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BRISBANE (Reuters) - Roger Federer knows the next generation of tennis players are closing in fast on the Big Four, the so-called elite quartet who have dominated the last decade of men's tennis.
Federer himself has not won a grand slam title since 2012 and the other members of the troupe, Rafa Nadal, Novak Djokovic and Andy Murray, have all been battling injuries and illness.
Their drop in form and ailments have coincided with the rise of a new crop of players challenging in the majors, a sign that perhaps their era is coming to an end.
Stan Wawrinka won last year's Australian Open and Marin Cilic won the U.S. Open -- marking the first time since 2003 that two players outside the Big Four won grand slam titles in the same season.
But Federer is not convinced that the changing of the guard is imminent. On the contrary, the 33-year-old Swiss believes last year's results were an anomaly and normal service will resume in 2015.
"We have had some injuries, it's not because we didn't play well or that we maybe dropped a bit," he told reporters at the Brisbane International on Friday.
"Rafa had his issues, Murray had surgery on his back, I've had a tough year in '13. The only guy who was really consistent was Novak ... and he took care of it and took advantage of it to some extent. He was still there when it mattered the most."
Djokovic finished 2014 ranked number one in the world. His season featured a second title at Wimbledon, where he beat Federer in an epic final.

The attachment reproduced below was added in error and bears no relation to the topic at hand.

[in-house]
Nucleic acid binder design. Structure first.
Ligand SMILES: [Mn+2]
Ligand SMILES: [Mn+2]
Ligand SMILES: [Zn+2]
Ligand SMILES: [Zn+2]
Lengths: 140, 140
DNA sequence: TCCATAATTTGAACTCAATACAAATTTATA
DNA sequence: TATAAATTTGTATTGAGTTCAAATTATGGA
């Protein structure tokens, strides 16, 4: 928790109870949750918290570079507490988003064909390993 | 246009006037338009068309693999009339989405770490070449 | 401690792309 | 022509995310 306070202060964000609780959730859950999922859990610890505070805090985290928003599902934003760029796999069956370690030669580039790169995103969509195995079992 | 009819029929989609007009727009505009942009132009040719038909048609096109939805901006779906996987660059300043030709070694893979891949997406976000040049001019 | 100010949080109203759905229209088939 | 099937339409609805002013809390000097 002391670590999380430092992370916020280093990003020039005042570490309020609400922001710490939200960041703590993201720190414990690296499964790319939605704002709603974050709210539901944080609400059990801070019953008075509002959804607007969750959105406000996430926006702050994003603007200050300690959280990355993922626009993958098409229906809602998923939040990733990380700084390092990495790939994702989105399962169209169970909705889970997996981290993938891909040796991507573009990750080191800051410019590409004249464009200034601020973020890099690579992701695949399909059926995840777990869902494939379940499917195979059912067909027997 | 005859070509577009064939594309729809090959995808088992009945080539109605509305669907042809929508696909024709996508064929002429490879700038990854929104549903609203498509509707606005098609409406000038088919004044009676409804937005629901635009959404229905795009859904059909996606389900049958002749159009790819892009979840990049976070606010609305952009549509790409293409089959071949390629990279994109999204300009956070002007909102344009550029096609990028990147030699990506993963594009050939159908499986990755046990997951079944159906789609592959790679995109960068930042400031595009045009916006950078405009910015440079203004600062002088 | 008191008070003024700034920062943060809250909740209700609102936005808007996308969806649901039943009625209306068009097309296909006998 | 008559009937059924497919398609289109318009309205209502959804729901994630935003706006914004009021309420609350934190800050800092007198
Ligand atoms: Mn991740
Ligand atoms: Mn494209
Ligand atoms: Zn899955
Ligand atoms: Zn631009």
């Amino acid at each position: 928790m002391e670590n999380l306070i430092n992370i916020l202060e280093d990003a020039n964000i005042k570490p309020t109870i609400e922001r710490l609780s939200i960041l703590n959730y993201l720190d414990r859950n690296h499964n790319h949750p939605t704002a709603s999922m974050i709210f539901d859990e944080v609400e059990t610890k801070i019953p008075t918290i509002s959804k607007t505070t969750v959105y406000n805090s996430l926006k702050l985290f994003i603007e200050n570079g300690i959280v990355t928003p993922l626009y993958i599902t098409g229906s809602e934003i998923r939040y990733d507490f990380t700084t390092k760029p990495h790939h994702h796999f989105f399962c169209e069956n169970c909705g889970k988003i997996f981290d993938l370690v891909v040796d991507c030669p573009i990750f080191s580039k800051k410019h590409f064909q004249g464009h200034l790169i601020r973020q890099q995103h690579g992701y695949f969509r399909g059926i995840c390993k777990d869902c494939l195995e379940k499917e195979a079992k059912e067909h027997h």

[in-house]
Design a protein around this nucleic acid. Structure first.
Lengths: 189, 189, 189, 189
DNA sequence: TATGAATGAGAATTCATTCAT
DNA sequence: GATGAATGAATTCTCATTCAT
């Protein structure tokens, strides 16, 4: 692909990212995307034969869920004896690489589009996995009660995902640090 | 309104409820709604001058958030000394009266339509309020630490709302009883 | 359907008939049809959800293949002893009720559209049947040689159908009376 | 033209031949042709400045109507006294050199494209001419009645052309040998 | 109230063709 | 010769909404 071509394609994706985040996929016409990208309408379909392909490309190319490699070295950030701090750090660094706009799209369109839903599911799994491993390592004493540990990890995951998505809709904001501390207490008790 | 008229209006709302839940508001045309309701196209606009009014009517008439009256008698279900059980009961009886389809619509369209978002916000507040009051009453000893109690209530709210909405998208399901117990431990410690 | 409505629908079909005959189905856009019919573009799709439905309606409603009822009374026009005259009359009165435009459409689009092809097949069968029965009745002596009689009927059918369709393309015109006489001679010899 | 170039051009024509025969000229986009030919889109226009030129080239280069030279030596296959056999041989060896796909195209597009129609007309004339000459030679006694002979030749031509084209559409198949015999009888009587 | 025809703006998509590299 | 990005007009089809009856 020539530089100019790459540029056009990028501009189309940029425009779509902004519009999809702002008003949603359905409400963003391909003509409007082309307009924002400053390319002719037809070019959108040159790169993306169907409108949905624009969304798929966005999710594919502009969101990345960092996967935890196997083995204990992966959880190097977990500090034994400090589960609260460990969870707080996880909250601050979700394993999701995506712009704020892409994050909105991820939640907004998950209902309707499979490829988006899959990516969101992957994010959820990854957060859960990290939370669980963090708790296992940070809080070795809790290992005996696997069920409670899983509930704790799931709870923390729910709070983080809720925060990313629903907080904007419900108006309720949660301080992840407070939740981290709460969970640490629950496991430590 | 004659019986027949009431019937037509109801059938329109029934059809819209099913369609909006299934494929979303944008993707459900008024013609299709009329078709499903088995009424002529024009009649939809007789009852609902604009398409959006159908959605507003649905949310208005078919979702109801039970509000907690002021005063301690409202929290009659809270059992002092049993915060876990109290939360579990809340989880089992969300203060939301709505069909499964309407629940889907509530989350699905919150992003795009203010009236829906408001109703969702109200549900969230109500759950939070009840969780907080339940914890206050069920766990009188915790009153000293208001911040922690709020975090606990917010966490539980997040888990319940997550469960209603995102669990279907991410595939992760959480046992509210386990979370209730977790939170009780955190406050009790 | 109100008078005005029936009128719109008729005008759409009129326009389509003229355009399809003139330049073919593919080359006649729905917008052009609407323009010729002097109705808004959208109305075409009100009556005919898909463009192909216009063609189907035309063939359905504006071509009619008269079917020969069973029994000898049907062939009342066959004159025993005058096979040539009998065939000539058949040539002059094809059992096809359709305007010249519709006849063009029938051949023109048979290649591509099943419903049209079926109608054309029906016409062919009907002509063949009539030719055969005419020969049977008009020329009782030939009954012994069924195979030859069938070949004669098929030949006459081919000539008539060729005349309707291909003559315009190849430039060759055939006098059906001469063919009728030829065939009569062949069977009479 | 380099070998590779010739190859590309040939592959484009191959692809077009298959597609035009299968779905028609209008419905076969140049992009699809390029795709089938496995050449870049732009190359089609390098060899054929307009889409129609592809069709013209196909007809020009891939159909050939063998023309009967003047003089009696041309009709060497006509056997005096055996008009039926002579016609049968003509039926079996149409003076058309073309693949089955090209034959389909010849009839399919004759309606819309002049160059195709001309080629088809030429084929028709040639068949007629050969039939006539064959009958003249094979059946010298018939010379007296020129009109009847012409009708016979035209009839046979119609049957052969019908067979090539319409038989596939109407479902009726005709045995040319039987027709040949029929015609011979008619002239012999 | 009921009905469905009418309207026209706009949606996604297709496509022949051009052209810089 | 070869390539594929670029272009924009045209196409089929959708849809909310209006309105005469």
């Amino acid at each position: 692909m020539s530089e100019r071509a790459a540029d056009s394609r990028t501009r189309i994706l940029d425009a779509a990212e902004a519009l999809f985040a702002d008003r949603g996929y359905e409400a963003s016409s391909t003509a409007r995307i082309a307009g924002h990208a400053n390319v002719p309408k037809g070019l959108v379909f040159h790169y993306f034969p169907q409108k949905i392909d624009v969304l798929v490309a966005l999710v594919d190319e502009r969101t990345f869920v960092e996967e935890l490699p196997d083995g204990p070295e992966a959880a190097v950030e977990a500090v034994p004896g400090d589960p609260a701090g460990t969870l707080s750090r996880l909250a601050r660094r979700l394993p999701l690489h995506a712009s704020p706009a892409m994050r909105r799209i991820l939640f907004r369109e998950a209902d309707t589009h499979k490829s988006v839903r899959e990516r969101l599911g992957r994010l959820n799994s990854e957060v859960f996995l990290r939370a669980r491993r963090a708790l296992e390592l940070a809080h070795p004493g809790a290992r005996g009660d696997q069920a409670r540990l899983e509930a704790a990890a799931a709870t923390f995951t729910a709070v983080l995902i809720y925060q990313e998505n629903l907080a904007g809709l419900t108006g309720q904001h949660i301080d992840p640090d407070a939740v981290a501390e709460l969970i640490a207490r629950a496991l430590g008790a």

Nadal won the French Open for a record ninth time before injuries stalled his season. Federer won five ATP tournaments, including the Cincinnati and Shanghai Masters events and finished year ranked second.
"Rafa was still there again on clay. I was consistent last year. I think Murray is on his way back. He still made the Masters, even though he didn't play so well for sometime," Federer said.
A new wave of players also emerged last year. Kei Nishikori made the U.S. Open final while Milos Raonic and Grigor Dimitrov reached the semi-finals at Wimbledon.
The young trio have all made a strong start to 2015, joining Federer in the semi-finals at Brisbane while Djokovic and Nadal suffered early defeats at the Qatar Open.
Federer is impressed by his young rivals but not ready to anoint them just yet, saying they may have to wait a little longer than most people think.
"It's still a bit early to say. We'll see again what's going to happen this year," he said.
"I do believe there is a group of guys right there that can make a break again and can do special things. I just think it's too early to say in the season just because Novak and Rafa lost in Doha that there is something on the horizon.
"I don't read into any of those results. I think they are going to be tough to beat, and favourites for the Australian Open, to be honest."
Reporting by Julian Linden, editing by Pritha Sarkar